Roberts said, “It’s absolutely clear that whether it’s milk, cheese, butter or yogurt, the British public still love and value dairy with 98% of households regularly buying dairy products that are nutritious and produced safely to high standards of animal welfare and environmental protection.
“If Brexit is about putting the British brand around the world – then the UK dairy sector can deliver that.
“But it needs the right investment and trading environment. Top of the list must be ensuring a free and frictionless trade deal with the EU. Alongside this, a future trade policy that doesn’t allow imports of dairy products produced to standards that would be illegal to produce here.”
Roberts said the alternative of trading on World Trade Organization (WTO) rules would be a damaging threat, meaning UK dairy farmers would face higher fees on exports, as much as 48% on butter and 57% of cheddar cheese.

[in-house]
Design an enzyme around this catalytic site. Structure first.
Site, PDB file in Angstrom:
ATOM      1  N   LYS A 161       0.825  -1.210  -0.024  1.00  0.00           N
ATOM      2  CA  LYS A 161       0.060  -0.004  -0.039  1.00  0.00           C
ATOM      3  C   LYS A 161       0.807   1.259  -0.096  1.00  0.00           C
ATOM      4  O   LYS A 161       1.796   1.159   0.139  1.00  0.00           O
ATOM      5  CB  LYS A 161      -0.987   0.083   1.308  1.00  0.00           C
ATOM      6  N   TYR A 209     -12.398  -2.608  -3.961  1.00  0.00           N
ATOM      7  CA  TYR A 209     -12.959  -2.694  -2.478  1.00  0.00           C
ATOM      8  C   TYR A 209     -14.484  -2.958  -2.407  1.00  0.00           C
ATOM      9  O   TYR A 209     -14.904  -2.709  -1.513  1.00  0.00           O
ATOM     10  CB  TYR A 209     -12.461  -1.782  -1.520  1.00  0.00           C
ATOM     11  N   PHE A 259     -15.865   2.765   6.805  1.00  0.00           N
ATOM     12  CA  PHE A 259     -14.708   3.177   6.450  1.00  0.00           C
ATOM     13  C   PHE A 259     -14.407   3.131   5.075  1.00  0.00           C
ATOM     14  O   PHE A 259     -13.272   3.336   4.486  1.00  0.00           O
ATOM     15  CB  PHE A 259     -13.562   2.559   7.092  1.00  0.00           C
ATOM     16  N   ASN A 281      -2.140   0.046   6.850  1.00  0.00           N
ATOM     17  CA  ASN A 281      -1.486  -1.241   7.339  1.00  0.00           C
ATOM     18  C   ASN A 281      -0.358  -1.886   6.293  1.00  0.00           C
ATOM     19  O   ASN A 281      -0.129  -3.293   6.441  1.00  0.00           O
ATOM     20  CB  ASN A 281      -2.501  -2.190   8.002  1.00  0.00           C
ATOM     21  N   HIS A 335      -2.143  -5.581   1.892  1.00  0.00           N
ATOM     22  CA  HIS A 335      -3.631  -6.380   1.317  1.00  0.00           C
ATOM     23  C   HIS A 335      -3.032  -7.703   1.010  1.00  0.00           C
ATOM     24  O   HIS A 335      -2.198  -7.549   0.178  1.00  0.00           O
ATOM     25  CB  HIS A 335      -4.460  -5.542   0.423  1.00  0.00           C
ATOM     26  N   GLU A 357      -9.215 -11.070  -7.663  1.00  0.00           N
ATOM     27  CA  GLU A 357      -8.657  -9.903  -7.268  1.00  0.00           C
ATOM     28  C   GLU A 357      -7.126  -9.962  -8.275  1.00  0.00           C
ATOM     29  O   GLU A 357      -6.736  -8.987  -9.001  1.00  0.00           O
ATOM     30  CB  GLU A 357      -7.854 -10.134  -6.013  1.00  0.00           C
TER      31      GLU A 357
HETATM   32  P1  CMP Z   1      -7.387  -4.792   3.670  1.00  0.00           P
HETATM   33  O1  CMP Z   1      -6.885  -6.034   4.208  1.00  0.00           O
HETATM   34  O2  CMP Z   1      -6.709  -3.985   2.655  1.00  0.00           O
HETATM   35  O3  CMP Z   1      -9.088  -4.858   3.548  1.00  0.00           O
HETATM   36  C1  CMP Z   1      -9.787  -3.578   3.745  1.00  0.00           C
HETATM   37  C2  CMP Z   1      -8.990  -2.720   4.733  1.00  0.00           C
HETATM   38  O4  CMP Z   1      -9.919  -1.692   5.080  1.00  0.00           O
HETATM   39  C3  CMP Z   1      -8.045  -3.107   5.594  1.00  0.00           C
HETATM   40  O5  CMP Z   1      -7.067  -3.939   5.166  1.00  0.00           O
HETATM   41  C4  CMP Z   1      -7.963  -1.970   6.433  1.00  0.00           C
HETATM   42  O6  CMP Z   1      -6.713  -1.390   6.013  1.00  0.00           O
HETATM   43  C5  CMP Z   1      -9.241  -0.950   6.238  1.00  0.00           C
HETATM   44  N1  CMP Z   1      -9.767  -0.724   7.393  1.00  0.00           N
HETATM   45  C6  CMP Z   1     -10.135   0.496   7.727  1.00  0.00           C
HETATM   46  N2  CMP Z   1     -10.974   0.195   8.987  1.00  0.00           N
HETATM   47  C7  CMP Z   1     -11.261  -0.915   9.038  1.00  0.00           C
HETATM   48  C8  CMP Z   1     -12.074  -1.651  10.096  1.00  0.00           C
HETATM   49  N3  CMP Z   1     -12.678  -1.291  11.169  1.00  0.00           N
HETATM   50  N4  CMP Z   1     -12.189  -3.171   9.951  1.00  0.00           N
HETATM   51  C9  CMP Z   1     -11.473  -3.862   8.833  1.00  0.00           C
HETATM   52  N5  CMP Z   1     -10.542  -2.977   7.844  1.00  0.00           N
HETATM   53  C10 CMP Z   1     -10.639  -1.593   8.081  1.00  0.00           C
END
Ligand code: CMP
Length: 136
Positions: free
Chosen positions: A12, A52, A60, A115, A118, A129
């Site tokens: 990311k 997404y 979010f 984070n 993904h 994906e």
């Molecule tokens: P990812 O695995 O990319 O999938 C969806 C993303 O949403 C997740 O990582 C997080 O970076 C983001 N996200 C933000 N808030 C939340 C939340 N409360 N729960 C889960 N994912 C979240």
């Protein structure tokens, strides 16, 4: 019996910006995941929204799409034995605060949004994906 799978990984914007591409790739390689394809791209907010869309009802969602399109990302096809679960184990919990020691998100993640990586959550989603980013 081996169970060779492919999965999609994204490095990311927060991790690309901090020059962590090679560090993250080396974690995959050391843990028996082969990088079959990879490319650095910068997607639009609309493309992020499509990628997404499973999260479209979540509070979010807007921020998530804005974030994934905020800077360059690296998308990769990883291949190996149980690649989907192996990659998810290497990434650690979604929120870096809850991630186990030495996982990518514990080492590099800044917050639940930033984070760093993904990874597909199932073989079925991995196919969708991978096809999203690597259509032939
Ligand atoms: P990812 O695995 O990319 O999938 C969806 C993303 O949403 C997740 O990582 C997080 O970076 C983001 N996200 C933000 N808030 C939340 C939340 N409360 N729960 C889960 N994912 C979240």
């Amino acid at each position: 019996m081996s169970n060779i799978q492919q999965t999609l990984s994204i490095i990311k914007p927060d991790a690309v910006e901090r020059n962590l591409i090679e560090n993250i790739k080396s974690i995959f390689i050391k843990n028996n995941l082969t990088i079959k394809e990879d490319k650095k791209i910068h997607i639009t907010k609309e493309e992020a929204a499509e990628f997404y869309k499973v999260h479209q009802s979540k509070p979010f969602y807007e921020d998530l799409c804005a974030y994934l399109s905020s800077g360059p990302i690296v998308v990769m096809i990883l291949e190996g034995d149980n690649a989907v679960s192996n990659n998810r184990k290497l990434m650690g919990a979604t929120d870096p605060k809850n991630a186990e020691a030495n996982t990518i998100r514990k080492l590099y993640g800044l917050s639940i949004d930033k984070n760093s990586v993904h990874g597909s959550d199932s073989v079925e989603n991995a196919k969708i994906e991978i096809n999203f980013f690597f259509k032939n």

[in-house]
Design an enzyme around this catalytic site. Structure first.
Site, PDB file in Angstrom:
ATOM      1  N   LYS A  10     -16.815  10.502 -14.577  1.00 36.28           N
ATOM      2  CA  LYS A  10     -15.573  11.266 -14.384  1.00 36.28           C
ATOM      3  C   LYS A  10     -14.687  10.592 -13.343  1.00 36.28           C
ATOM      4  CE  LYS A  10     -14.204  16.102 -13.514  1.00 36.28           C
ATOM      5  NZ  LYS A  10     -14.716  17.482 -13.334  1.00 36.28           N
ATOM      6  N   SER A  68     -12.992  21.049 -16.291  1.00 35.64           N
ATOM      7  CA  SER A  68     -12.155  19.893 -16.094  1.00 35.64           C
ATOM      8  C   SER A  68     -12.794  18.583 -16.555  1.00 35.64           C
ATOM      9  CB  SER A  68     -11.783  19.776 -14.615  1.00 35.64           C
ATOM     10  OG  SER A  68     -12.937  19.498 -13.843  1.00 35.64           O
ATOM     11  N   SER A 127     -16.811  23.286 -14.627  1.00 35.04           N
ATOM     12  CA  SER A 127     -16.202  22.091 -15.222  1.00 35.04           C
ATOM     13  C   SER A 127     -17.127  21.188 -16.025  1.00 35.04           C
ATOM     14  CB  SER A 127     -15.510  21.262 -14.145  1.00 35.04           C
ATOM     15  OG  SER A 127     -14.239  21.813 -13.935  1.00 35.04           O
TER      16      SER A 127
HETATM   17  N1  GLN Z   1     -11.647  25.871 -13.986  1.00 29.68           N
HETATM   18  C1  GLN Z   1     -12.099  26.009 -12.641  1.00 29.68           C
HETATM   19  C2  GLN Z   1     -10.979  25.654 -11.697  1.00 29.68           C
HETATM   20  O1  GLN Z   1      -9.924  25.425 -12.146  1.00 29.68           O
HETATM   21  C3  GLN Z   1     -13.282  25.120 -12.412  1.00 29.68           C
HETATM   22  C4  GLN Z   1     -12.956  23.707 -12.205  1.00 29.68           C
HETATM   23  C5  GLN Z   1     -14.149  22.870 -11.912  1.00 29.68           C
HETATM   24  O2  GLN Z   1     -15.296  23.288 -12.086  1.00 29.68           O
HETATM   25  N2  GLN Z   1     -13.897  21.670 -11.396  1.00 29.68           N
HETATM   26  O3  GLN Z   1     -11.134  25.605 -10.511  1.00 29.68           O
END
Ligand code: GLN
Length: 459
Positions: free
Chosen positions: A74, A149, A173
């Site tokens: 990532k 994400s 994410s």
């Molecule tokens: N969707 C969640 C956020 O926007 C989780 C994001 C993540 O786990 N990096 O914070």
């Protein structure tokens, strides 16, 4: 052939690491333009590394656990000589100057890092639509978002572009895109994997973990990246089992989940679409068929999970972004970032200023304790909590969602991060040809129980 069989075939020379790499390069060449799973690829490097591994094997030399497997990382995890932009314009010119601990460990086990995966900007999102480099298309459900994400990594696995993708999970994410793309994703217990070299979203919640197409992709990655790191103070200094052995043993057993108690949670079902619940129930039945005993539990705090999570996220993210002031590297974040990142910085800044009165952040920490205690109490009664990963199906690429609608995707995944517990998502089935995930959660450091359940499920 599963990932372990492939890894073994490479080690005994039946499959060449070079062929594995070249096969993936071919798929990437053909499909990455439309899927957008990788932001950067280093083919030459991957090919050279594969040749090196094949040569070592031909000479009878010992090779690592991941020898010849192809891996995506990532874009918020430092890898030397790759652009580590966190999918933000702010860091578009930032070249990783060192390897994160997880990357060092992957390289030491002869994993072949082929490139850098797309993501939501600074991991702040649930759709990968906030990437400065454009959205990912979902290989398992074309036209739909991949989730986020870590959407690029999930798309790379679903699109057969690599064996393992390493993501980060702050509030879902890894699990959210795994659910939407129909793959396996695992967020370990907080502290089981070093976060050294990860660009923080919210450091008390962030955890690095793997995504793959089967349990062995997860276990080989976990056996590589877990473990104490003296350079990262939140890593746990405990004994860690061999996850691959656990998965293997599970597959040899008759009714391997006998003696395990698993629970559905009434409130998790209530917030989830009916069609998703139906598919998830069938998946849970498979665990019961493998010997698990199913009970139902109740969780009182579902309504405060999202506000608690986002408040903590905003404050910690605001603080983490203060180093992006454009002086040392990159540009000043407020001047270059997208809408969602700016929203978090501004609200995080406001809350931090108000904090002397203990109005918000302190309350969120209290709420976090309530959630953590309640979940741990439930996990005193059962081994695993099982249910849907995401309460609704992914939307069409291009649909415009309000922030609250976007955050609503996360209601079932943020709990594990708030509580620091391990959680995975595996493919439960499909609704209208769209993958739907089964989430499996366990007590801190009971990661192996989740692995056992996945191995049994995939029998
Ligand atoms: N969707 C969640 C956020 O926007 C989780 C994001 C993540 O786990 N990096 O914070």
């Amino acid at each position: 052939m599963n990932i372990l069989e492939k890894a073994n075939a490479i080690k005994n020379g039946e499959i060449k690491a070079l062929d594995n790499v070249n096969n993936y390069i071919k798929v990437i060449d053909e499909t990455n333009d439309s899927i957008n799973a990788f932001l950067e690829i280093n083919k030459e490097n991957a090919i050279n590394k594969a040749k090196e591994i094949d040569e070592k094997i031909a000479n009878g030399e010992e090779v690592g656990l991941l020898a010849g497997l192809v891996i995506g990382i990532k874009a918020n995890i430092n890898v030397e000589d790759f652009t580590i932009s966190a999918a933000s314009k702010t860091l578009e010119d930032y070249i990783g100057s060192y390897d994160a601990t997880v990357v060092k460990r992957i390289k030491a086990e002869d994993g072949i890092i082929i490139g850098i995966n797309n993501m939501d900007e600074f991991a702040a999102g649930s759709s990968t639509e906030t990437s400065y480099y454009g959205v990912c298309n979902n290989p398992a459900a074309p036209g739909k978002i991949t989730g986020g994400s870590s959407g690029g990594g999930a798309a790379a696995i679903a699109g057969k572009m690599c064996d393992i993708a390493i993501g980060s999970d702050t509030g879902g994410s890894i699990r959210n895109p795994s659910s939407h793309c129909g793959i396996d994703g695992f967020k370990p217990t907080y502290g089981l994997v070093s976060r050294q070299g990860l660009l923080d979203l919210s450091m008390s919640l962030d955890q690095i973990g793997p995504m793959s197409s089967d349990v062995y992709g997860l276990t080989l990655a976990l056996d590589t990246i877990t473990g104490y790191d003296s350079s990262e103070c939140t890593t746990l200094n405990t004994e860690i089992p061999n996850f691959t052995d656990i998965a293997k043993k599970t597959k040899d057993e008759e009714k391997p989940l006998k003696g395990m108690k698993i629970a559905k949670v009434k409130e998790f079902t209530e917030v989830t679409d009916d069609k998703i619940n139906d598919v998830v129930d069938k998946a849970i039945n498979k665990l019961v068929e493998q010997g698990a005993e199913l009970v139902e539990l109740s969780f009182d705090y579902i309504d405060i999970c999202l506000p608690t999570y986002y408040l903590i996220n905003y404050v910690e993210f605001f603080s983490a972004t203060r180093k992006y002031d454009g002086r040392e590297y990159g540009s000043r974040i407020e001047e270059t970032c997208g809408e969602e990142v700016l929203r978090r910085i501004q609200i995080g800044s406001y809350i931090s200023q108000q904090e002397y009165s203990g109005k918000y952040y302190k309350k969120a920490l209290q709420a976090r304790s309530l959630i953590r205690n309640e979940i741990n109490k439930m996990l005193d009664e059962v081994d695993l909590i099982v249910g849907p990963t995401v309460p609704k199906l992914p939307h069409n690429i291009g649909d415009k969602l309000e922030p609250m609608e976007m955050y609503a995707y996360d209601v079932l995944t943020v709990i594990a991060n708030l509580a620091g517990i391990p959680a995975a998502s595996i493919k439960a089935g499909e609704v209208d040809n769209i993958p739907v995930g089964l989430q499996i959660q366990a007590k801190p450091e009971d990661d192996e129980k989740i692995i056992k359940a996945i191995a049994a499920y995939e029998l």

“With the UK dairy sector exporting 3.2bn liters of products to the EU, it’s essential we secure a deal with the EU or face costs in the region of £500m.
“Where last year was dominated by uncertainty for the dairy sector particularly in the liquid milk market, which has seen big implications for dairy farmers, such as those affected by the Tomlinson’s closure, 2020 offers more optimism.
“We need government to back British farming like never before and put in place the right policies so dairy businesses can continue doing what they do best – providing great tasting, traceable and affordable food for the nation.”